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The Heart and Soul Program


Avoidants and Anxious Avoidants

In this document—the term Avoidant is used to describe both Avoidants and Anxious Avoidants.



Psychological definition of an avoidant


When parents are largely dysfunctional, distant, or intrusive, they cause their children considerable distress. Children who become avoidant of their emotions adapt to this rejecting environment by building defensive attachment strategies in an attempt to feel safe, to modulate or tone down intense emotional states, and to relieve frustration and pain.


As children, they usually became self-contained little adults, or in my case, my mom called me her “little soldier.” The main strategy to protect themselves as kids was to never do something so dangerous as to show outwardly a desire for closeness, warmth, affection, or love. Crying in movie theaters or in front of others was also too scary, it may have attracted the wrong attention. These children may have wanted to remain physically close to the parent, but emotionally detached. Even as very young children these avoidants “intuitively picked up the feeling their parents have no intention of getting to really know them, which left them with a deep sense of emptiness.”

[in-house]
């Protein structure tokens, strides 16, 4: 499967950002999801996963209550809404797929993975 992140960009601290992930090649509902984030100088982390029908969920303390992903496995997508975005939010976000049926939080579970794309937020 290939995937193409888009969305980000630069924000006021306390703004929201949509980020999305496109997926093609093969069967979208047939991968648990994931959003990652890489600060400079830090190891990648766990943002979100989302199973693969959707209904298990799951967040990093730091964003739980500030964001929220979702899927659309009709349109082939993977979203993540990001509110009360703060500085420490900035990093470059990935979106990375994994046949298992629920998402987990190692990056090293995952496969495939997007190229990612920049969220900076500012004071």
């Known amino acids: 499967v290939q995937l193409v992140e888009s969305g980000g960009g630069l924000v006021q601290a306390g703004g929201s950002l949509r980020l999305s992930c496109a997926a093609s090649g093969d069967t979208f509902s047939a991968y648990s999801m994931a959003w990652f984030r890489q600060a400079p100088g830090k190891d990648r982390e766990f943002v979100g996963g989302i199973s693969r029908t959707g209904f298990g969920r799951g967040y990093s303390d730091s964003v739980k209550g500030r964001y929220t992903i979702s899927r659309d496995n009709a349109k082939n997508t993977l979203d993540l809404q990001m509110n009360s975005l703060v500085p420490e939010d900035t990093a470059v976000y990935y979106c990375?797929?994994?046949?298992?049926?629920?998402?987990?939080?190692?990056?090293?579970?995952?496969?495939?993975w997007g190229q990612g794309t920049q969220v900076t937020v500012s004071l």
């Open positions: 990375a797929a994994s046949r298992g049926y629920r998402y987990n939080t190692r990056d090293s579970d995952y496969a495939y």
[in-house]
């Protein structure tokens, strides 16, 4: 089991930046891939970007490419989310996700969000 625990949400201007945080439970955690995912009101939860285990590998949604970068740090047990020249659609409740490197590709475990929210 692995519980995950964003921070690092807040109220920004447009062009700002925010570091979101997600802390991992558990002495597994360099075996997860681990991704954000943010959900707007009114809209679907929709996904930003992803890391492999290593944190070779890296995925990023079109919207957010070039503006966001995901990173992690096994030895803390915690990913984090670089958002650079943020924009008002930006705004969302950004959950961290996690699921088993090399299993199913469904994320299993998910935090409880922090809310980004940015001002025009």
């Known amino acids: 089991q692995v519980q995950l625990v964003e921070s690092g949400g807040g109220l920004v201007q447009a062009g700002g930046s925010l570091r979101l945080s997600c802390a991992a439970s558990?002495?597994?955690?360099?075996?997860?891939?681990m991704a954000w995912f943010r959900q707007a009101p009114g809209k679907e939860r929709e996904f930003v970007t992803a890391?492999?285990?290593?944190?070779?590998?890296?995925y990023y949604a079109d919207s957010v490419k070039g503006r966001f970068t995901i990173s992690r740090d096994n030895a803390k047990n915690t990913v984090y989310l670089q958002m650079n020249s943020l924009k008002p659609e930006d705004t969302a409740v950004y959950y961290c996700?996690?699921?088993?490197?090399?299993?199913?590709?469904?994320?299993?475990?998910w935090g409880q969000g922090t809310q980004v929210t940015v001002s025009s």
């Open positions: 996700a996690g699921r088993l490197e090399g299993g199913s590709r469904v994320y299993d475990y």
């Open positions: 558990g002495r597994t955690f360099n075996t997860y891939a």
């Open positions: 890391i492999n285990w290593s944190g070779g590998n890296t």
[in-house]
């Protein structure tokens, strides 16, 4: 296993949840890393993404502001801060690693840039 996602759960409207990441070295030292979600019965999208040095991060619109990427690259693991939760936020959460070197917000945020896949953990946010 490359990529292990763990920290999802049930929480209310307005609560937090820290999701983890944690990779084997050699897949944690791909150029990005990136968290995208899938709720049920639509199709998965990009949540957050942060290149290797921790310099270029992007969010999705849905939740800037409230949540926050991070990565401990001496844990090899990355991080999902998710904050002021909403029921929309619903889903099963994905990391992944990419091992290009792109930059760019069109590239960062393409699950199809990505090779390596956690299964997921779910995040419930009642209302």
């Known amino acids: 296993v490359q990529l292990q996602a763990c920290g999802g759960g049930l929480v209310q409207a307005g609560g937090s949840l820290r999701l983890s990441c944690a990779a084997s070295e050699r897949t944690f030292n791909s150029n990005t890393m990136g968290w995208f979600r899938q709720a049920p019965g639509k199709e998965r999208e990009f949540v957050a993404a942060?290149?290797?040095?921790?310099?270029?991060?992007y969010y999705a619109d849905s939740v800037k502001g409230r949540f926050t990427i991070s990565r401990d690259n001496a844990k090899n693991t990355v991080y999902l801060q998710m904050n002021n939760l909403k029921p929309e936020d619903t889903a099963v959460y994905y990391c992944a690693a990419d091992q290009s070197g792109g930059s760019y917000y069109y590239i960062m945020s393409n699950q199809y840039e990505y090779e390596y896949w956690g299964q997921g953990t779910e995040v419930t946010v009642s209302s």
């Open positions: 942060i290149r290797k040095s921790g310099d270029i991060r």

These feelings and strategies have carried them forward to adulthood and the reality of getting emotionally close to others can have them break out in a cold sweat. The emptiness is pervasive for these adults who find a multitude of strategies to try and fill it. The idea of getting close to others emotionally in a fantasy is the desired outcome, no one gets hurt or left. Many end-up single their entire lives or in unfulfilling relationships, always questioning if they should stay or go. This way of living is largely intellectual and nothing new is actually experienced in terms of emotional growth to be in a fulfilling and healthy relationship since no one can ever be the perfect partner for them.


Anxious Avoidants are those who fall into the avoidant category, but have become anxiously attached to another avoidant. There also may be anxiety in being the more outwardly avoidant in the relationship too–it is what keeps them overtly distancing. Most anxious avoidant individuals become attached to another avoidant who exhibits specific characteristics subconsciously reminding them of treatment in their earlier life emotional abandonment. The subconscious employs familiarity as a sense of safety, at the same time there is a deeper desire for events to go differently this time. Mainly, it’s the desire for the unconditional love which was never received to be given by an individual who does not want to or is not capable of giving it.